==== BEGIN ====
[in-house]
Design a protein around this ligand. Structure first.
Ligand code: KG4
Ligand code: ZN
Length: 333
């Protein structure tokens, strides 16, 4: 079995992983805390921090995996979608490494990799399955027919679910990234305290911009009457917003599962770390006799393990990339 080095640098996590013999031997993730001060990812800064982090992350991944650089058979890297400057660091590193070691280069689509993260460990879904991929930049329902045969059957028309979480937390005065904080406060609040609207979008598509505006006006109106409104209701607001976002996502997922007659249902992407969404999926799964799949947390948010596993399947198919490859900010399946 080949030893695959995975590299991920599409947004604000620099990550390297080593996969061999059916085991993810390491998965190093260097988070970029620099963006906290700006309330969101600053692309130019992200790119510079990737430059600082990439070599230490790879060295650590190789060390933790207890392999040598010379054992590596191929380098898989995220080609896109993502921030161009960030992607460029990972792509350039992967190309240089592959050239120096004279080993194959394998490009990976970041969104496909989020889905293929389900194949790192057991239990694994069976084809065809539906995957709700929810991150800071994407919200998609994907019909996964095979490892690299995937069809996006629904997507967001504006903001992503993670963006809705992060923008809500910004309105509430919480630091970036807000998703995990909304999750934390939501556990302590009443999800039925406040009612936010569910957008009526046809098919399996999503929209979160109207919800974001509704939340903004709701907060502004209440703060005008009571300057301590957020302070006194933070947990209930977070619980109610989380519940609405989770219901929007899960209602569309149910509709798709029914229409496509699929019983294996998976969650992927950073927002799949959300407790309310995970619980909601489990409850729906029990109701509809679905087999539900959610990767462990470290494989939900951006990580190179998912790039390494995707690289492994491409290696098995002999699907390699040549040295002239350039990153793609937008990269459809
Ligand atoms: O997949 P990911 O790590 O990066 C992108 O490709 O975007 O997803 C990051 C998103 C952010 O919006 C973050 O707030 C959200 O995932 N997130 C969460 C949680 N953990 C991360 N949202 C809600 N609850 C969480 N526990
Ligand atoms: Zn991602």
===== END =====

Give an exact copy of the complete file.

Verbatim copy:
[in-house]
Design a protein around this ligand. Structure first.
Ligand code: KG4
Ligand code: ZN
Length: 333
């Protein structure tokens, strides 16, 4: 079995992983805390921090995996979608490494990799399955027919679910990234305290911009009457917003599962770390006799393990990339 080095640098996590013999031997993730001060990812800064982090992350991944650089058979890297400057660091590193070691280069689509993260460990879904991929930049329902045969059957028309979480937390005065904080406060609040609207979008598509505006006006109106409104209701607001976002996502997922007659249902992407969404999926799964799949947390948010596993399947198919490859900010399946 080949030893695959995975590299991920599409947004604000620099990550390297080593996969061999059916085991993810390491998965190093260097988070970029620099963006906290700006309330969101600053692309130019992200790119510079990737430059600082990439070599230490790879060295650590190789060390933790207890392999040598010379054992590596191929380098898989995220080609896109993502921030161009960030992607460029990972792509350039992967190309240089592959050239120096004279080993194959394998490009990976970041969104496909989020889905293929389900194949790192057991239990694994069976084809065809539906995957709700929810991150800071994407919200998609994907019909996964095979490892690299995937069809996006629904997507967001504006903001992503993670963006809705992060923008809500910004309105509430919480630091970036807000998703995990909304999750934390939501556990302590009443999800039925406040009612936010569910957008009526046809098919399996999503929209979160109207919800974001509704939340903004709701907060502004209440703060005008009571300057301590957020302070006194933070947990209930977070619980109610989380519940609405989770219901929007899960209602569309149910509709798709029914229409496509699929019983294996998976969650992927950073927002799949959300407790309310995970619980909601489990409850729906029990109701509809679905087999539900959610990767462990470290494989939900951006990580190179998912790039390494995707690289492994491409290696098995002999699907390699040549040295002239350039990153793609937008990269459809
Ligand atoms: O997949 P990911 O790590 O990066 C992108 O490709 O975007 O997803 C990051 C998103 C952010 O919006 C973050 O707030 C959200 O995932 N997130 C969460 C949680 N953990 C991360 N949202 C809600 N609850 C969480 N526990
Ligand atoms: Zn991602």